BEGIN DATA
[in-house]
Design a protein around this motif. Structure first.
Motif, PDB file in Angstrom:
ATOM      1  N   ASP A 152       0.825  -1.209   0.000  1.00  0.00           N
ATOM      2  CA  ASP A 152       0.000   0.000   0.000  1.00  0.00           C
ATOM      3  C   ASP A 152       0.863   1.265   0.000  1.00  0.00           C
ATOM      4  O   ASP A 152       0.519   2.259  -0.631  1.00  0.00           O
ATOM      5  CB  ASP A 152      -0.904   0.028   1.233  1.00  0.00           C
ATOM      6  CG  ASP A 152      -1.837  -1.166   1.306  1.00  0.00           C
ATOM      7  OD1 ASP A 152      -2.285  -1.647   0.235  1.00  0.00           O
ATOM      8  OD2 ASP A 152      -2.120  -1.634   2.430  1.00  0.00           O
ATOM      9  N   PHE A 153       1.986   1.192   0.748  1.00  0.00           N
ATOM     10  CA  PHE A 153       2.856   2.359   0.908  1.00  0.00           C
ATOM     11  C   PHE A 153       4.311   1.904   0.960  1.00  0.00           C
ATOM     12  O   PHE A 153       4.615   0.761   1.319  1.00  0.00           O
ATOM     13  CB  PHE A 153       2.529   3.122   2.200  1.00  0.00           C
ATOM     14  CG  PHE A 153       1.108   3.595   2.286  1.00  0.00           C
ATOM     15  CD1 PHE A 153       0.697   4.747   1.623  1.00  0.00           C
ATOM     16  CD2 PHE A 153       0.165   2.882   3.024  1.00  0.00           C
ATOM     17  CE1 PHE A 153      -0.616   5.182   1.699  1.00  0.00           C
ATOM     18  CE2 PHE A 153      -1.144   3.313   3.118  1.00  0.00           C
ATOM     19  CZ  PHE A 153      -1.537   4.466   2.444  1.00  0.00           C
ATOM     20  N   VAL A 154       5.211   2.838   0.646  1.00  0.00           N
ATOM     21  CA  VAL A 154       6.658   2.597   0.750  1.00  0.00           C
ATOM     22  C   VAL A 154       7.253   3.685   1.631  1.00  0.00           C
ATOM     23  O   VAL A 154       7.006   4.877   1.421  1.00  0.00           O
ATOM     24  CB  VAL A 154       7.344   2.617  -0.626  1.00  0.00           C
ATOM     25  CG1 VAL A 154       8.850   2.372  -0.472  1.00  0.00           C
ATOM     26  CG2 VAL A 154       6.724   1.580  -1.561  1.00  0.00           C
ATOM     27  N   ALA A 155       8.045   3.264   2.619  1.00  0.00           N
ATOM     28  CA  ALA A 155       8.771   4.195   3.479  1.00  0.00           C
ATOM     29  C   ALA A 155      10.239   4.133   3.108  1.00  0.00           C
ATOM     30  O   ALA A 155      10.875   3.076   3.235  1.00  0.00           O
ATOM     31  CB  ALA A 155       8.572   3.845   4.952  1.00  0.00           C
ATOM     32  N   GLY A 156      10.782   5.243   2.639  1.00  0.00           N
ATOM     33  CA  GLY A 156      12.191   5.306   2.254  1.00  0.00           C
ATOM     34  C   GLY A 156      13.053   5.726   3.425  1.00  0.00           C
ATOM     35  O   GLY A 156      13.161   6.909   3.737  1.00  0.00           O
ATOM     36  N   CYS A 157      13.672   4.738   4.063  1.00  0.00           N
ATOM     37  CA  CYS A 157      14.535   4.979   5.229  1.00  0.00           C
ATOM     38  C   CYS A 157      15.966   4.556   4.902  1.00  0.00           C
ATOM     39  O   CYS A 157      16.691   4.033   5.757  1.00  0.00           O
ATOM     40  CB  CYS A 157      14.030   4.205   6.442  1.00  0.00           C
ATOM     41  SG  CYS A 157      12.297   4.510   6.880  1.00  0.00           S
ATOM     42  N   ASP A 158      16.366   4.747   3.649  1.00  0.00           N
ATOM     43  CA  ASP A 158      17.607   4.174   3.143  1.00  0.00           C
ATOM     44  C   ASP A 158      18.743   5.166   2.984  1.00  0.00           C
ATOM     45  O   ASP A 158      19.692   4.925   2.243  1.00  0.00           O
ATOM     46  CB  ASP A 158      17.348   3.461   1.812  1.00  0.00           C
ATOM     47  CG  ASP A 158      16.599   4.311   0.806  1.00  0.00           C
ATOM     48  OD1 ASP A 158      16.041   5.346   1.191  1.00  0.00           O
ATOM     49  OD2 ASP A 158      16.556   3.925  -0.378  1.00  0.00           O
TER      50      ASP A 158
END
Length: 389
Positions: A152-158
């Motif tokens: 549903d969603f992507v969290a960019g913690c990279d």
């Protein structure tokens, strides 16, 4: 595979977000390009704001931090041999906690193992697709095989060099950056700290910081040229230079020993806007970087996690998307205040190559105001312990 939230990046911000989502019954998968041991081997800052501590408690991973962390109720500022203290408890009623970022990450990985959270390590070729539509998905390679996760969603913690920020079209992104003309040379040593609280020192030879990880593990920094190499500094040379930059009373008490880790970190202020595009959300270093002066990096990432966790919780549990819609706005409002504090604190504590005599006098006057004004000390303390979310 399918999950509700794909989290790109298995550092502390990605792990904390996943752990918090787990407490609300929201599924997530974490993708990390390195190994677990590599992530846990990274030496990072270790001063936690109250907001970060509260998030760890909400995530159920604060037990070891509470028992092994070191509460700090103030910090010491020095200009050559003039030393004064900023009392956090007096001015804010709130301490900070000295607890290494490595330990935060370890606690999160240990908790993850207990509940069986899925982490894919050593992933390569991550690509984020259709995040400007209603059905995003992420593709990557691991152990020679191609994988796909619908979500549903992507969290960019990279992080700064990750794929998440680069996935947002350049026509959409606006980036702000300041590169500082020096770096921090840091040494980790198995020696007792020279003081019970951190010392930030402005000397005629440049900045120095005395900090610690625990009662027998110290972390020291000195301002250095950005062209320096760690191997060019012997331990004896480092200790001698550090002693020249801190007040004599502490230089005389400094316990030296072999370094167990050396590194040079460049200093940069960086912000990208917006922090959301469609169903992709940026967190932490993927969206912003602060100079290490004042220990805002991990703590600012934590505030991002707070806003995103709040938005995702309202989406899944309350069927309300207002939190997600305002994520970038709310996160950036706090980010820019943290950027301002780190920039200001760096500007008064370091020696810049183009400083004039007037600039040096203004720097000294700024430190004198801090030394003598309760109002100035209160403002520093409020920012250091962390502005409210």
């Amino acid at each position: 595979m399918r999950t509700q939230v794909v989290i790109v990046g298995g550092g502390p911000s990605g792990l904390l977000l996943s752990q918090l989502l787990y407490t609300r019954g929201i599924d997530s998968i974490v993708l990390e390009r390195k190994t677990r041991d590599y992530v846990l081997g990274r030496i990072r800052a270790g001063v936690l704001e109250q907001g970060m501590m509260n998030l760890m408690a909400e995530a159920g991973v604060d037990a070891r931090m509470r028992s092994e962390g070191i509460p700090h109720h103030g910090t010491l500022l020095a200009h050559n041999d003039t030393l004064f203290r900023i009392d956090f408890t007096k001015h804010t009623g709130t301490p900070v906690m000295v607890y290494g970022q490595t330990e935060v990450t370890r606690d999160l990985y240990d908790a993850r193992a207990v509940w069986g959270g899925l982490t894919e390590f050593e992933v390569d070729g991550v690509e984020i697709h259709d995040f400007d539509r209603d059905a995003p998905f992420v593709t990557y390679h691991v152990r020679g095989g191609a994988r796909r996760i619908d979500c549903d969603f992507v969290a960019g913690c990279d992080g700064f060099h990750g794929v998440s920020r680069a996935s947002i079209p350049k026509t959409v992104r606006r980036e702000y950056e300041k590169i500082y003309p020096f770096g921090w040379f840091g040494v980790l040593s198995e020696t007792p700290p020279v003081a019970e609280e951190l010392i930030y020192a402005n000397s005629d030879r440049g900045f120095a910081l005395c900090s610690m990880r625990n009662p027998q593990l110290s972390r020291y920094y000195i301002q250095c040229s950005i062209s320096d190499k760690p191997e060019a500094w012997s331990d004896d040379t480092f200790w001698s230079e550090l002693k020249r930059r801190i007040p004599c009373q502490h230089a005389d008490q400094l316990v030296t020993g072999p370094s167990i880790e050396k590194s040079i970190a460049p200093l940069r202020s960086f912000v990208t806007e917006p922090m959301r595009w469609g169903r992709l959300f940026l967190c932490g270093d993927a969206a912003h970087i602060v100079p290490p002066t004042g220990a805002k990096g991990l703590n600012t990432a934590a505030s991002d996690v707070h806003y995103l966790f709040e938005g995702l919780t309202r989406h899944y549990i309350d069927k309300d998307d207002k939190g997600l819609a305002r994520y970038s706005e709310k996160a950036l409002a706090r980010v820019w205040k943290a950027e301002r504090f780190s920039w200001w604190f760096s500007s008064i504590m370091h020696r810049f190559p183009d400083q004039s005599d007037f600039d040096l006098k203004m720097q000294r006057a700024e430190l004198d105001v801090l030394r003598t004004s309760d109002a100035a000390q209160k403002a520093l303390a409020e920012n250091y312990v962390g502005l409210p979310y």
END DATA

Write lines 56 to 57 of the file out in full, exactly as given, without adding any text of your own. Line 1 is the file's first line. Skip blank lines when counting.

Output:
Positions: A152-158
């Motif tokens: 549903d969603f992507v969290a960019g913690c990279d």